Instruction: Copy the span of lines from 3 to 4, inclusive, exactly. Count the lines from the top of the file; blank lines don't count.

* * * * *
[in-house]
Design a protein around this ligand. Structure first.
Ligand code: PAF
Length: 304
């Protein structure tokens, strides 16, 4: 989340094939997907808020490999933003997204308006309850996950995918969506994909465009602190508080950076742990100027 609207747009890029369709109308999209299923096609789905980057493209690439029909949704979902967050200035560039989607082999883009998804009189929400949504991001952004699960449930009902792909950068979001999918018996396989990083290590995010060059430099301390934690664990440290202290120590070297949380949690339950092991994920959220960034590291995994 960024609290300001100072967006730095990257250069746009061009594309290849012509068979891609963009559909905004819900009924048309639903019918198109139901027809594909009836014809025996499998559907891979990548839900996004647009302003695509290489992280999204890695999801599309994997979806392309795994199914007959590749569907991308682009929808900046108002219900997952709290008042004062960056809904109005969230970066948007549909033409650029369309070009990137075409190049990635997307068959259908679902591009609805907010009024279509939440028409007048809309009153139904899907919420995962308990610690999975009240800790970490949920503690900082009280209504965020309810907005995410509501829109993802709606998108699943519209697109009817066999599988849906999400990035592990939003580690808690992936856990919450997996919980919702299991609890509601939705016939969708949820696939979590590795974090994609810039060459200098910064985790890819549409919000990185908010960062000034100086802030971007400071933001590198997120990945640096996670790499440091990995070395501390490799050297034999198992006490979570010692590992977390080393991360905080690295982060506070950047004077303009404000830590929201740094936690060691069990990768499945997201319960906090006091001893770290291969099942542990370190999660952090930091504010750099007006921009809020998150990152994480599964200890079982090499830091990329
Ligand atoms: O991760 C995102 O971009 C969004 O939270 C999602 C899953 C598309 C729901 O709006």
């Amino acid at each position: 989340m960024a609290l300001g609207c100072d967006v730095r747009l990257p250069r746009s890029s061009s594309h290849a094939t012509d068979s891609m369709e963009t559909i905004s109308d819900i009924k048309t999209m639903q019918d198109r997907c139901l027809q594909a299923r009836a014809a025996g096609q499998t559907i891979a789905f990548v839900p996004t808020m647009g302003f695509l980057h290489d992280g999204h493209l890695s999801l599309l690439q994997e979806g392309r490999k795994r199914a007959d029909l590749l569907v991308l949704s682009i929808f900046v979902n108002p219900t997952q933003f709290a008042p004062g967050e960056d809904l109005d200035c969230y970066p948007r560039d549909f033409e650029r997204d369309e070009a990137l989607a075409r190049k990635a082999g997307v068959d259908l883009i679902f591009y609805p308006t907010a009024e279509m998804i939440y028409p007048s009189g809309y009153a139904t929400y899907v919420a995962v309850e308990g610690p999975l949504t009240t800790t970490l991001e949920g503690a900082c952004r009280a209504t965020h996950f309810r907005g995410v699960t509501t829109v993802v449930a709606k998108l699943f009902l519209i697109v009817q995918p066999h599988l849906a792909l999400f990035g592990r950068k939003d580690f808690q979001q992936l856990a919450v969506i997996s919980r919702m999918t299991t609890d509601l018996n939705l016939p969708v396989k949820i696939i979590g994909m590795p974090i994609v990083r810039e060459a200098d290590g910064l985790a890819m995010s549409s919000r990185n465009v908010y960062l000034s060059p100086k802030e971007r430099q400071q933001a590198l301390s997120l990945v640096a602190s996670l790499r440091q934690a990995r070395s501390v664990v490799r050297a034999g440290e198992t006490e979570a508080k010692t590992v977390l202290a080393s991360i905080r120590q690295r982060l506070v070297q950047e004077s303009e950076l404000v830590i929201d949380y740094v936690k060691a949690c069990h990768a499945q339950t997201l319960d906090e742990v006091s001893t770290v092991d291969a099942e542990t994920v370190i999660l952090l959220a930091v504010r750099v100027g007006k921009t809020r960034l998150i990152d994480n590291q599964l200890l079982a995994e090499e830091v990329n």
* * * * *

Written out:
Ligand code: PAF
Length: 304